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Is Facebook Wants to Get to Heaven, It Needs to Get Down to Earth First

It's poignant, actually. At the closing of the keynote he delivered at Facebook's F8 developer conference last week, Facebook CEO Mark Zuckerberg portrayed what the company was doing in porting the Facebook experience out to the broader Web -- also known as the Open Graph -- as the route to "heaven." He told attendees:
When you go to heaven, all of your friends are there and everything is just the way you want it to be. So, together, let's make a world that's that good.
(Yes, he really meant it.)

Since that time, however, he's found himself back in a not-so-nice, but familiar, place: privacy hell. Even as 50,000 sites have added its social plugins -- which allow logged on Facebook users to see some of their friends' activity on those same sites -- Facebook has found itself once again in the cross-hairs over privacy issues. It's a meme -- like those Hitler "Downfall" parodies -- that just keeps repeating itself, going at least as far back as 2007's Beacon, the advertising program which exposed a little too much of people's private information and was eventually scrapped. And it's got to stop.

Here's how, but it's a toughie: The "heaven" quote notwithstanding, Zuckerberg & Co. need to come back down to the earth that most of us inhabit, a place where Facebook's 400 million-and-counting members don't have nearly the technical expertise that they do, and nowhere near the trust in the benefits of technology that Facebook execs -- and most of Silicon Valley -- do.

Not that there aren't some amazing things about these new tools, but most of us got on Facebook because we wanted to see what the high school quarterback was up to, or how many of our friends were going to the college reunion. Not because we wanted to expend any mental space on whether saying that we "Like" something ("Like-ing" replaced Facebook's "Become a Fan" feature as of last week) would make it to people we didn't want to see it.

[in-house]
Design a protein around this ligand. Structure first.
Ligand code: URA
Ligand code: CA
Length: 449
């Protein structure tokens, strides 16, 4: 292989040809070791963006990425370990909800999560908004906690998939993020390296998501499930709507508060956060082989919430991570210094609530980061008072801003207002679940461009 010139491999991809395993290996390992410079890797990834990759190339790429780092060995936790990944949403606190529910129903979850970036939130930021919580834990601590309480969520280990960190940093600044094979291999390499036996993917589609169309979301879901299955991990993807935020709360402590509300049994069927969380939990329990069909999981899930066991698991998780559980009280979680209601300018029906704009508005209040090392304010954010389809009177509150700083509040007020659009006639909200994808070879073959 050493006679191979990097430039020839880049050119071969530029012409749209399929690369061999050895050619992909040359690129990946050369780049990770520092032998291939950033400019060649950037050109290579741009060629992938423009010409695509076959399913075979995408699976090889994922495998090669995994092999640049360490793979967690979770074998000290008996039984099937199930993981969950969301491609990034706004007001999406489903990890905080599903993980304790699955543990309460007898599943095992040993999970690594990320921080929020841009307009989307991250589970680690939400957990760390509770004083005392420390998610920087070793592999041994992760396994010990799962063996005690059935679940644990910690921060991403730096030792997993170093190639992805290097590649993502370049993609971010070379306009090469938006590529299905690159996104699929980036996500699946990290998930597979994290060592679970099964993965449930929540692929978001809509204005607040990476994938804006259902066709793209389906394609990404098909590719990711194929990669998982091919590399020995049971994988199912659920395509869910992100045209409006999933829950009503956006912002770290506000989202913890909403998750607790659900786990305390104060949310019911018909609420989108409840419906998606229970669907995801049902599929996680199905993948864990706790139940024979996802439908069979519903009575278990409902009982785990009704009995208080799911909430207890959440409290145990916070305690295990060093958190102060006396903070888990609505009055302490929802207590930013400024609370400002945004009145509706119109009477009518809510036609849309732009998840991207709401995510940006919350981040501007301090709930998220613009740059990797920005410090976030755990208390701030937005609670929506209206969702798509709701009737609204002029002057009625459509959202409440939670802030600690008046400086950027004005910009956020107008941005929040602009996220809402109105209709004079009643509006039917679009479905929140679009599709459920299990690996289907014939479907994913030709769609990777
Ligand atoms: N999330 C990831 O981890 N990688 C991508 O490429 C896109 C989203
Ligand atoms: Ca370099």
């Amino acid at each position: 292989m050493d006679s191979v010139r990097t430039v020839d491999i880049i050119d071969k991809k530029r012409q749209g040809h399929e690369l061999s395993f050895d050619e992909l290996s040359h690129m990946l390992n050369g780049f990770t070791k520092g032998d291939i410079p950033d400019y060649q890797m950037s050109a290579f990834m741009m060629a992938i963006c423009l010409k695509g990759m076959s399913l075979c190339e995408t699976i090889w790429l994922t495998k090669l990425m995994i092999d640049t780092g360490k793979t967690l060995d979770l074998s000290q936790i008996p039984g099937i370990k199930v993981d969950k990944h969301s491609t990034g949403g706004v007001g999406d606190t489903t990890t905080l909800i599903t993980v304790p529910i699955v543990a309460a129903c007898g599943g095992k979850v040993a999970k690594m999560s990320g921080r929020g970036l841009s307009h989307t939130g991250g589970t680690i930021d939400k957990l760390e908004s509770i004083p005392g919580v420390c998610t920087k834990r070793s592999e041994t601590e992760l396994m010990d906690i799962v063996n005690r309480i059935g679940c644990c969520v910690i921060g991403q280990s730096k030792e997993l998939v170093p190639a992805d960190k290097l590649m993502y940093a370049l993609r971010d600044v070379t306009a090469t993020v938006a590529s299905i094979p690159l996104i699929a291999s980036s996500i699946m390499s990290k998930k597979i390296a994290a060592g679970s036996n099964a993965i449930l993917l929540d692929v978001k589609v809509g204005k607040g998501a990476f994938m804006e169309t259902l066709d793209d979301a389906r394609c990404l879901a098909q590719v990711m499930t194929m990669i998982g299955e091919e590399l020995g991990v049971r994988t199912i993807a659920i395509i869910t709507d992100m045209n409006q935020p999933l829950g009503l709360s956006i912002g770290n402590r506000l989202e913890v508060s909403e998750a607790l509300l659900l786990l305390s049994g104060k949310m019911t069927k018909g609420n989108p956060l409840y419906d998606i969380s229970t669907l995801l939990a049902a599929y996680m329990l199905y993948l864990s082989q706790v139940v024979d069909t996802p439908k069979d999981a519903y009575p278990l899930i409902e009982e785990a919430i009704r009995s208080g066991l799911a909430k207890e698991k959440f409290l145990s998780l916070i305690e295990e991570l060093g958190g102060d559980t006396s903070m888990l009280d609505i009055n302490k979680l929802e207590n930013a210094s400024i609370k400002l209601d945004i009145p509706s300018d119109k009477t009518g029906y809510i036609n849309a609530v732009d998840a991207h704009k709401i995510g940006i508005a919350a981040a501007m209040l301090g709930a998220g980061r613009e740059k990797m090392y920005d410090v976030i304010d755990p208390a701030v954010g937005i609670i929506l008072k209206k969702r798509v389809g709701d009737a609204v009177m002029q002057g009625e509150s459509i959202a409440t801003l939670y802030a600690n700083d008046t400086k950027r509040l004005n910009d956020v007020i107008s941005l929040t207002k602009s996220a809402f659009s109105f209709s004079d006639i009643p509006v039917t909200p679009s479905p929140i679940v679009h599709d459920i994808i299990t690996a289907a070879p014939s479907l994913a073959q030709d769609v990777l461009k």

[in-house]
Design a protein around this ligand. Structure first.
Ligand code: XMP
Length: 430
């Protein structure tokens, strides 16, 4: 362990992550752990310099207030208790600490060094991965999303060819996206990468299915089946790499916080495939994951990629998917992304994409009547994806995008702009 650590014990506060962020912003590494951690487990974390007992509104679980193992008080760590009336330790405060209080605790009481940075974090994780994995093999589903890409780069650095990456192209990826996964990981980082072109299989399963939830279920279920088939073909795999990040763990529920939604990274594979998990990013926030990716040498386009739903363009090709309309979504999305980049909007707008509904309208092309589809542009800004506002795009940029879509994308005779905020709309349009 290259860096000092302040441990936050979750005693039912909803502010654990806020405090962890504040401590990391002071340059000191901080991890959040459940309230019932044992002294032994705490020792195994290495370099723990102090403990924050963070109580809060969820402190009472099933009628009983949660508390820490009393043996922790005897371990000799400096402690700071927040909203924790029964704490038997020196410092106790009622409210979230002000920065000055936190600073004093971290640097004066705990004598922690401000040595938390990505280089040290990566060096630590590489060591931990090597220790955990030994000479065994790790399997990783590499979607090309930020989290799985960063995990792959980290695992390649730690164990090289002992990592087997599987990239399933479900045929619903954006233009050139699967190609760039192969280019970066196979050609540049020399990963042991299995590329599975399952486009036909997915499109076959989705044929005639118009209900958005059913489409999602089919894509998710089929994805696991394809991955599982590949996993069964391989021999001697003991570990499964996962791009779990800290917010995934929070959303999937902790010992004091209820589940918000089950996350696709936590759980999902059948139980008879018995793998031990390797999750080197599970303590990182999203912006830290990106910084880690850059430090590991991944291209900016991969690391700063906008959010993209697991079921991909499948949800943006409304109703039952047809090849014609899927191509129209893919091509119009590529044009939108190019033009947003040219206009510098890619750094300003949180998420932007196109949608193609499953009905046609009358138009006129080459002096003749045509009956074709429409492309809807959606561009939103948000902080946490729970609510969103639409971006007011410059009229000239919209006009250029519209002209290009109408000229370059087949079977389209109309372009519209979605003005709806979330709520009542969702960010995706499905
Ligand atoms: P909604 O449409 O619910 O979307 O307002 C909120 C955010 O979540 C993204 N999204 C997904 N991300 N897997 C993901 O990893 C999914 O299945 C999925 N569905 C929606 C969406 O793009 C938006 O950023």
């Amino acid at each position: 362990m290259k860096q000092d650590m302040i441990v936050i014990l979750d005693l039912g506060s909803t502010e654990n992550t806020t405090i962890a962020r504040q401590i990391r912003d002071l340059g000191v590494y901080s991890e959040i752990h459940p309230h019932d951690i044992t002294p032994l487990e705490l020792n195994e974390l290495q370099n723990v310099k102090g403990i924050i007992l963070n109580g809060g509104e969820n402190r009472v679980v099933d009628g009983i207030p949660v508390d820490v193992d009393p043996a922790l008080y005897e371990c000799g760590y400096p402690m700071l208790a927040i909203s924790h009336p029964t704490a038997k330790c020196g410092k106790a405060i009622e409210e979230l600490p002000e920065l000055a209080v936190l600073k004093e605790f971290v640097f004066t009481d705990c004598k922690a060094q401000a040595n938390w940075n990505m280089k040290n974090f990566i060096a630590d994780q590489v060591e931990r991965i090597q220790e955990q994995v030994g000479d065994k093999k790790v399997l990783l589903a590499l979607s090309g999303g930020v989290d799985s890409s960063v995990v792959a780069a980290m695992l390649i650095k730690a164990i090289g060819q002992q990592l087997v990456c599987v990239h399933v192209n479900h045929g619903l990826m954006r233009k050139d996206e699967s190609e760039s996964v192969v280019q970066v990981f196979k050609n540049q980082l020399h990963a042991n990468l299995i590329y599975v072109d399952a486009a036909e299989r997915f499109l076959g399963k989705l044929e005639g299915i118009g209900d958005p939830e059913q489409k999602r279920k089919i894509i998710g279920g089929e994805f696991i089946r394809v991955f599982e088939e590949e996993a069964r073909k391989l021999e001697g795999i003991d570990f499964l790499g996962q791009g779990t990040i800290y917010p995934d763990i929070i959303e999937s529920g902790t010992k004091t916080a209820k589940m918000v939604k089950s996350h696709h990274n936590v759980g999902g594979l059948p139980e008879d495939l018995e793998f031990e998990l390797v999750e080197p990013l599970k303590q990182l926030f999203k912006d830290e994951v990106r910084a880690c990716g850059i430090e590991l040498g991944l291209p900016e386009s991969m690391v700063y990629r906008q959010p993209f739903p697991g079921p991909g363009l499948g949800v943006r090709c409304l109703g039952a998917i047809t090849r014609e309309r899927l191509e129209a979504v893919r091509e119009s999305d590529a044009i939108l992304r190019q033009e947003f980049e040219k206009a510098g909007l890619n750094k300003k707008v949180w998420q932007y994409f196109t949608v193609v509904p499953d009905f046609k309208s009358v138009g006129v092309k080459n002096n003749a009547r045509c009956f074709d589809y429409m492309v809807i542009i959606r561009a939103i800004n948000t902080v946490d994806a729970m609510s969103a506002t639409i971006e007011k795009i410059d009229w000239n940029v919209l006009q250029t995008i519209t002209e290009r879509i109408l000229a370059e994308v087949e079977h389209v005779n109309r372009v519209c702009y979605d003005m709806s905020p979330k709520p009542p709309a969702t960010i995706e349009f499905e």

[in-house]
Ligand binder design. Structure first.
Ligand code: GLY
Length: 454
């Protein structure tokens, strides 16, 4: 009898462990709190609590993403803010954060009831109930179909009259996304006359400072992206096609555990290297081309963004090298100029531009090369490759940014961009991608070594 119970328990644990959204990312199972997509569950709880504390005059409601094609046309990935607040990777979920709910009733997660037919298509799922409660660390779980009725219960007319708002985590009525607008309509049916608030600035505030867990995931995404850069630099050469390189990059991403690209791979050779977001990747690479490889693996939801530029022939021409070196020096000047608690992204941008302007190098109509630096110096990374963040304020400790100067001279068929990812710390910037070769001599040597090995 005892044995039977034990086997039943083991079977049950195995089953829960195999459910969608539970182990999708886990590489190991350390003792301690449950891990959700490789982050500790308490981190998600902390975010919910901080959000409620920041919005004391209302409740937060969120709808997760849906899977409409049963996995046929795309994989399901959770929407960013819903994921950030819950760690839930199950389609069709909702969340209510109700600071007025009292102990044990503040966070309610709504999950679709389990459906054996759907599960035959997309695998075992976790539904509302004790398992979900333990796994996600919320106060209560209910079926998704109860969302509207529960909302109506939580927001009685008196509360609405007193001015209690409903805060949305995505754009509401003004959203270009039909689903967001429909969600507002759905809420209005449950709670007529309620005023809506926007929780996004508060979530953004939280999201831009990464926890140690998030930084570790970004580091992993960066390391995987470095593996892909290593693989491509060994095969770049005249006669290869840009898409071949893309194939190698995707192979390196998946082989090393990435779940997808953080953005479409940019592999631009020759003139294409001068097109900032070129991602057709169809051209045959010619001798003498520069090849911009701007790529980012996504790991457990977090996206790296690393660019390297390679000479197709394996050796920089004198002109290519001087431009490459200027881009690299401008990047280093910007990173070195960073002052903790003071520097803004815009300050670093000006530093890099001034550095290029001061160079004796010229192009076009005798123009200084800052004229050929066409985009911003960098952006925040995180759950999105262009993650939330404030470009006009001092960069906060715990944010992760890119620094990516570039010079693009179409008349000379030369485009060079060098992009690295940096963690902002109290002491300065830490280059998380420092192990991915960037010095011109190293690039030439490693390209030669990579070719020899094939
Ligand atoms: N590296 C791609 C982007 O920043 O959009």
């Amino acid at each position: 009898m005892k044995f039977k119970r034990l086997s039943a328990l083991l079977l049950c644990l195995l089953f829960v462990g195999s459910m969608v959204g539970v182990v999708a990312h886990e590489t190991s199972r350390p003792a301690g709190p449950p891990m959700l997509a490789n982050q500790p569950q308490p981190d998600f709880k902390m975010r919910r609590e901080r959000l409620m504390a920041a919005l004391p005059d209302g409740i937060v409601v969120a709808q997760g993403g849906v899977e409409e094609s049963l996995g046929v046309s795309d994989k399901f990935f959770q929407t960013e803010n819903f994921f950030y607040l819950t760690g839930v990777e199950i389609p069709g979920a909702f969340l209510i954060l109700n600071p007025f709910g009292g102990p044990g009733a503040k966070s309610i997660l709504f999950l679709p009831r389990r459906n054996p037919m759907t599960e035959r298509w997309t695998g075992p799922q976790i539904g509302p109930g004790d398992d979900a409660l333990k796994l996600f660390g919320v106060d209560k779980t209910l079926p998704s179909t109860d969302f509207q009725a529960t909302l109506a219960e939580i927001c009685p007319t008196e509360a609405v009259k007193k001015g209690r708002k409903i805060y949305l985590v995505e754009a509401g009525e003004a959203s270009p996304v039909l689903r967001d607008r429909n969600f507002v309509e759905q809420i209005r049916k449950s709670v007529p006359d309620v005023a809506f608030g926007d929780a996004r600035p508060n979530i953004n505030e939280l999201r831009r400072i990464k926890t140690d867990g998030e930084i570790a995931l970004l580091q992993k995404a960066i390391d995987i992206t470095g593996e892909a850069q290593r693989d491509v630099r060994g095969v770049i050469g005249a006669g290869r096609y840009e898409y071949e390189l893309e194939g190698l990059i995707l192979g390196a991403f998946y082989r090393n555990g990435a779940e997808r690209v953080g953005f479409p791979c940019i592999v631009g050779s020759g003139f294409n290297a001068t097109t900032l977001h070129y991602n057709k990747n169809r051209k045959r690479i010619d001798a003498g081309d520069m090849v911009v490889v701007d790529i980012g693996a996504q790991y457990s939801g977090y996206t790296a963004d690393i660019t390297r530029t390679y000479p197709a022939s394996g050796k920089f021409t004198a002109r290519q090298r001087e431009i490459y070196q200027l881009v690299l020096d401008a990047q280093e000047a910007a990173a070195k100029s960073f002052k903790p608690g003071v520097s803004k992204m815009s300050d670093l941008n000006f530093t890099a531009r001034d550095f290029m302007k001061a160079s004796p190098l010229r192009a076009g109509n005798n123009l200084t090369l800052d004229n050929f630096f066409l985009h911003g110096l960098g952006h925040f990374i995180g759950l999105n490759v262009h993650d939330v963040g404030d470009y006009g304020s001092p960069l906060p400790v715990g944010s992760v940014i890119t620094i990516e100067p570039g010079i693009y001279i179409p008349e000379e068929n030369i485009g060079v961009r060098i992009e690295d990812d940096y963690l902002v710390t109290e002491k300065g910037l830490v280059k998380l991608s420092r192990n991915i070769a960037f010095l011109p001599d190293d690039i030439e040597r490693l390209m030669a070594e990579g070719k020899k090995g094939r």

Most of us are technological simpletons who need things to be explained, well, simply. But, part of the reason Facebook is finding itself in hot water once again is because it doesn't know how to be down-to-earth.

The big thing that seems to have gotten the privacy police up in arms this time around is what Facebook describes as a "small pilot" program involving music site Pandora, consumer review site Yelp and, a social version of Microsoft Office that aims to compete with Google Docs. With those three sites, Facebook is sharing information from users as the default, but the average passersby might be confused. As I said in a post elsewhere yesterday, in the keynote, as he walks the audience through, Zuckerberg uses the word "public." He muses about what it might be like if a few "trusted" sites "already knew the public information about all of their users." Granted, he was talking to the developer audience, but most of us -- maybe even a developer or three -- would think he meant information in the public domain. No. Upon further examination, he meant "public" on Facebook, which means data that wasn't being shared with a broader audience -- until now, if you're visiting, Pandora or Yelp. And, per usual, the best remedy if you don't want to do this is follow one of the many tutorials about how to shut this level of personalization down, tutorials that are usually provided much more quickly, and in copious detail, by sites other than Facebook. (This subject was finally dealt with by Facebook on its blog five days after the Open Graph launched, in a Q&A-style post, where how to shut the feature down is question number 11 -- a mere 1,500 words into the post.) That said, in the big scheme of things, sharing data with three third-party sites out of millions isn't that big a deal. Again, though, because of Facebook's inability to be clear about what it's doing, confusion reigns. Four Democratic senators wrote to Facebook this week expressing concern about the third-party data sharing, but I'm not entirely sure they're actually clear on exactly what Facebook is up to -- some of which is relatively benign. The senators' letter says:

The recent changes by Facebook fundamentally alter the relationship between users and the social networking site. Previously, users had the ability to determine what information they wished to share publicly and what information they wanted to keep private.
Well, that's not precisely true. On Pandora, Yelp and, that may indeed be an issue. But on the tens of thousands of sites that added social plugins to their sites -- essentially, a little Facebook box or a "Like" button to their interface -- no data flows back to that third-party site. The real estate is entirely controlled by Facebook, even if appearances indicate otherwise. But it's appearances that count. As a consumer -- or a Luddite senator -- I would probably assume that the third-party site had gotten hold of my data.

Confused? Exactly! Heaven needs to be a simpler place.

Previous coverage of Facebook's Open Graph at BNET Media: